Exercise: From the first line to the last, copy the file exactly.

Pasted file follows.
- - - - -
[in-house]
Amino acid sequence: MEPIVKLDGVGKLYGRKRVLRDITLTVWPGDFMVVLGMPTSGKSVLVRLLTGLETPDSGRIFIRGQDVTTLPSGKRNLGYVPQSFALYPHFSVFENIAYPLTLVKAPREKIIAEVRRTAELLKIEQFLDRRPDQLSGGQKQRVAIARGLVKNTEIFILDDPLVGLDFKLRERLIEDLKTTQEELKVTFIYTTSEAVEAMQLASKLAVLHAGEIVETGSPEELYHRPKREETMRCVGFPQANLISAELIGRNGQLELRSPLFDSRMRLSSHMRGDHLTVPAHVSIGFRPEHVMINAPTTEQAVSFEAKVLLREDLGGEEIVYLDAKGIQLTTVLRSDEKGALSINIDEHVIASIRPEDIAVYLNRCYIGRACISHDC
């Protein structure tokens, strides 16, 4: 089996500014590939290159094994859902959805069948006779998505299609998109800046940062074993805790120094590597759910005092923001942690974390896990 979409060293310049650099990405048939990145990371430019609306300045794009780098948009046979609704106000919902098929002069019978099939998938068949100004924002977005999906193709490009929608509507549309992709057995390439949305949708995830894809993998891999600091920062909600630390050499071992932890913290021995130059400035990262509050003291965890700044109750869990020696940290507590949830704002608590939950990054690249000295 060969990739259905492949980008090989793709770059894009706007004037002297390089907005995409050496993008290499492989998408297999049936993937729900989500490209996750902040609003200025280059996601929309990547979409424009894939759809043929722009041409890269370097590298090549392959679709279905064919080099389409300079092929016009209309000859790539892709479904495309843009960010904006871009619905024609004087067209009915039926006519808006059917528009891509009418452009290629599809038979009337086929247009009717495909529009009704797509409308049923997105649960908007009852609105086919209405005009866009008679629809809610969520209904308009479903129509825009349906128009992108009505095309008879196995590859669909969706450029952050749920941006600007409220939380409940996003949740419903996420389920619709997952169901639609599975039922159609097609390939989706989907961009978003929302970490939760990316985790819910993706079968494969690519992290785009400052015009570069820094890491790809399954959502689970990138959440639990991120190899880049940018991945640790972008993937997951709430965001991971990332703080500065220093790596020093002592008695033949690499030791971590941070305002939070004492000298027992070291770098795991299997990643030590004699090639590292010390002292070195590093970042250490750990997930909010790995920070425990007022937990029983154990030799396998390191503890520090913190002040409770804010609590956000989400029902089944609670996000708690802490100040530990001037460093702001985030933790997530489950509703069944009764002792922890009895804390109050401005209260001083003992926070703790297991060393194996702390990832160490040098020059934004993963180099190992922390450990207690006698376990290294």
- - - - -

[in-house]
Amino acid sequence: MEPIVKLDGVGKLYGRKRVLRDITLTVWPGDFMVVLGMPTSGKSVLVRLLTGLETPDSGRIFIRGQDVTTLPSGKRNLGYVPQSFALYPHFSVFENIAYPLTLVKAPREKIIAEVRRTAELLKIEQFLDRRPDQLSGGQKQRVAIARGLVKNTEIFILDDPLVGLDFKLRERLIEDLKTTQEELKVTFIYTTSEAVEAMQLASKLAVLHAGEIVETGSPEELYHRPKREETMRCVGFPQANLISAELIGRNGQLELRSPLFDSRMRLSSHMRGDHLTVPAHVSIGFRPEHVMINAPTTEQAVSFEAKVLLREDLGGEEIVYLDAKGIQLTTVLRSDEKGALSINIDEHVIASIRPEDIAVYLNRCYIGRACISHDC
């Protein structure tokens, strides 16, 4: 089996500014590939290159094994859902959805069948006779998505299609998109800046940062074993805790120094590597759910005092923001942690974390896990 979409060293310049650099990405048939990145990371430019609306300045794009780098948009046979609704106000919902098929002069019978099939998938068949100004924002977005999906193709490009929608509507549309992709057995390439949305949708995830894809993998891999600091920062909600630390050499071992932890913290021995130059400035990262509050003291965890700044109750869990020696940290507590949830704002608590939950990054690249000295 060969990739259905492949980008090989793709770059894009706007004037002297390089907005995409050496993008290499492989998408297999049936993937729900989500490209996750902040609003200025280059996601929309990547979409424009894939759809043929722009041409890269370097590298090549392959679709279905064919080099389409300079092929016009209309000859790539892709479904495309843009960010904006871009619905024609004087067209009915039926006519808006059917528009891509009418452009290629599809038979009337086929247009009717495909529009009704797509409308049923997105649960908007009852609105086919209405005009866009008679629809809610969520209904308009479903129509825009349906128009992108009505095309008879196995590859669909969706450029952050749920941006600007409220939380409940996003949740419903996420389920619709997952169901639609599975039922159609097609390939989706989907961009978003929302970490939760990316985790819910993706079968494969690519992290785009400052015009570069820094890491790809399954959502689970990138959440639990991120190899880049940018991945640790972008993937997951709430965001991971990332703080500065220093790596020093002592008695033949690499030791971590941070305002939070004492000298027992070291770098795991299997990643030590004699090639590292010390002292070195590093970042250490750990997930909010790995920070425990007022937990029983154990030799396998390191503890520090913190002040409770804010609590956000989400029902089944609670996000708690802490100040530990001037460093702001985030933790997530489950509703069944009764002792922890009895804390109050401005209260001083003992926070703790297991060393194996702390990832160490040098020059934004993963180099190992922390450990207690006698376990290294």